City leaders that want to improve the health resilience of their communities must integrate competencies and capabilities across the continuum of the sense-predict-respond model that underpins public health preparedness and risk management strategies (Allocato et al. 2020).

  • Sense and enable includes ongoing activities such as public health surveillance and disease monitoring, developing effective strategies and building resilient systems and infrastructure for emergency preparedness.
  • Predict and prevent involves putting in place systems for effective disease management, prevention and control, and strengthening capabilities to produce proactive insights for early identification of diseases, epidemiological modelling and demand forecasting.
  • Respond and protect entails emergency response management, real-time monitoring and surveillance, risk communication and community engagement, health promotion and public awareness raising and implementing integrated care service models.


Data has been used to sense the causes of disease outbreaks and track its spread since the 19th century, when John Snow mapped cholera outbreaks in London in 1854, by tracking down the source of the infection to a water pump on Broad Street (Rogers 2013). Since those early days, the availability of health-relevant data has risen exponentially, providing information on patient health status, socioeconomic characteristics, clusters of diseases, patients’ location and resource availability and other variables. This explosion of data has been fuelled by technological advancements and new data sources such as Mobile Positioning Data (MPD), online public health reports, wearable biosensors, and big data from social media. Combining multi-sourced data with advanced analytic capabilities such as Artificial Intelligence (AI) can provide valuable insights to help detect and track diseases in near real-time, swiftly spot the outbreaks of epidemic-prone threats such as the current coronavirus and inform and enable emergency preparedness systems. For example, the European Centre for Disease Prevention and Control (ECDC) has developed the Epitweetr social media monitoring tool that helps users monitor trends by time, topic, and location to capture early signals, such as an unusual increase in the number of tweets, to support early detection of public health risks ECDC (2020).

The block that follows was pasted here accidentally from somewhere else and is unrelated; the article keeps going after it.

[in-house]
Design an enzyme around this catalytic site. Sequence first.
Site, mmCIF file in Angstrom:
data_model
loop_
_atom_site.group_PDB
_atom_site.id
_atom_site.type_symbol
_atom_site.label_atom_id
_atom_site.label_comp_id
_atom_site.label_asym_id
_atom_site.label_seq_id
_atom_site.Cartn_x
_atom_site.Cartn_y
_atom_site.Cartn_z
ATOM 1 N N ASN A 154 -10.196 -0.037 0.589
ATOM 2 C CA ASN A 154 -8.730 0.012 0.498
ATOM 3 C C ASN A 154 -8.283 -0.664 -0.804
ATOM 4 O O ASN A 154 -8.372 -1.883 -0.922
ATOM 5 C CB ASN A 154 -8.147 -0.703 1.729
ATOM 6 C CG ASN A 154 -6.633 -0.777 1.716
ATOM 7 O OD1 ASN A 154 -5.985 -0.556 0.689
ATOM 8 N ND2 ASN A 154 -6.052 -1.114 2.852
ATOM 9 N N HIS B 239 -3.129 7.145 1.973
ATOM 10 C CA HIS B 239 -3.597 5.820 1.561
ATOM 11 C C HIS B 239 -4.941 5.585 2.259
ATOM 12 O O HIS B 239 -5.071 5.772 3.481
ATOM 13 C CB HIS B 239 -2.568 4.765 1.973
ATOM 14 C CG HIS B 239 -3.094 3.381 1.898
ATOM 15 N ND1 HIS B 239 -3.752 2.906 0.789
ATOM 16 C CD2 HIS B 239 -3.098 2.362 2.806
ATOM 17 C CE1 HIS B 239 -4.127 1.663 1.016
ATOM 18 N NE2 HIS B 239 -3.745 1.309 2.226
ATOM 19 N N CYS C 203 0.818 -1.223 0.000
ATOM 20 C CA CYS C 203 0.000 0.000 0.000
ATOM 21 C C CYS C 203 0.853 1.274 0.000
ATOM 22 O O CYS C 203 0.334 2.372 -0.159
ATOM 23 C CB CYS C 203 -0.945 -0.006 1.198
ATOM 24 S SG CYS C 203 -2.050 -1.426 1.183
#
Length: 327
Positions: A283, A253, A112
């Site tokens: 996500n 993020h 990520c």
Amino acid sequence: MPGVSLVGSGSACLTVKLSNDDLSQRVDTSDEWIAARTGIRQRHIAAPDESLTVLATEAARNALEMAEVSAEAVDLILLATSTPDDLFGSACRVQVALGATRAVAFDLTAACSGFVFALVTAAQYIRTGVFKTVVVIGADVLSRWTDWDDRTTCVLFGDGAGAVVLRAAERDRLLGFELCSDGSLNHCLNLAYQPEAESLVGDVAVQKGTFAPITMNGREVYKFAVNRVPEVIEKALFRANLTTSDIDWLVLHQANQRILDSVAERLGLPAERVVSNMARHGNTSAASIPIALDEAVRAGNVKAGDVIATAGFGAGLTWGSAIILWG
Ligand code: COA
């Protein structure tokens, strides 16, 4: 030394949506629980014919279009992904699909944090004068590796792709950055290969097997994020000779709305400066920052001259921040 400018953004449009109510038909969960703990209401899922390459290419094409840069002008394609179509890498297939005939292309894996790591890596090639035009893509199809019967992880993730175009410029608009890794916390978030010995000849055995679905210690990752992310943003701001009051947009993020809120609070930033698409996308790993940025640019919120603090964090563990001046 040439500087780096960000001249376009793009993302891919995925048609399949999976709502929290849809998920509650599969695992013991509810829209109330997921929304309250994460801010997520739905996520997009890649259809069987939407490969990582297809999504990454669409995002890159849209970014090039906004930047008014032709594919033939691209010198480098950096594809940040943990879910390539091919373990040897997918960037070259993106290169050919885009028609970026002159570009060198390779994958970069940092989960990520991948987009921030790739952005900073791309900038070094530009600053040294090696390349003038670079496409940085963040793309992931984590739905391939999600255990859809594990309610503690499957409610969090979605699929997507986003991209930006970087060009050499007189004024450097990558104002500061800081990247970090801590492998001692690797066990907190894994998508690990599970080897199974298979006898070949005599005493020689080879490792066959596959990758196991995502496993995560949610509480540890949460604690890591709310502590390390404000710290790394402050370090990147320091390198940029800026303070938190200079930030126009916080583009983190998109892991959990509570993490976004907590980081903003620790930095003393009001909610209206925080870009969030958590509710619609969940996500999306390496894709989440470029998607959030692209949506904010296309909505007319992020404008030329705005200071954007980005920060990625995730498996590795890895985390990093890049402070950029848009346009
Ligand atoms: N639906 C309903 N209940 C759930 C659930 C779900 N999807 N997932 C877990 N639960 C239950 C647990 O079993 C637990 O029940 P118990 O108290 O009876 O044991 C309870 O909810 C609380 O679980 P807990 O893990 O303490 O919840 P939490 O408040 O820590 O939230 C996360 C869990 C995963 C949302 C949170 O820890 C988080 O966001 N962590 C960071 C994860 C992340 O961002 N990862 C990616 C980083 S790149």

Data is essential to predict and prevent public health risks, for example, to anticipate the transmission and spread patterns of infectious diseases or to model the progression and future burden of non-communicable diseases for specific population groups. Predicting which neighbourhoods are more likely to be vulnerable to the spread of viruses or identifying population segments with elevated health risks, such as ageing communities with long-term conditions and comorbidities, can help cities respond to the needs of those communities, and plan effective population health management and public health strategies. For instance, the German government is using big data, including anonymised county-level MPD as well as data on social, economic and environmental indicators, as part of a prototype project to identify successful counties with relatively low infection rates (positive deviants) and analyse their strategies and citizen mobility patterns during the pandemic (GIZ Data Lab and Teralytics 2021). The insights gained can help in the design of more effective strategies to prevent transmission.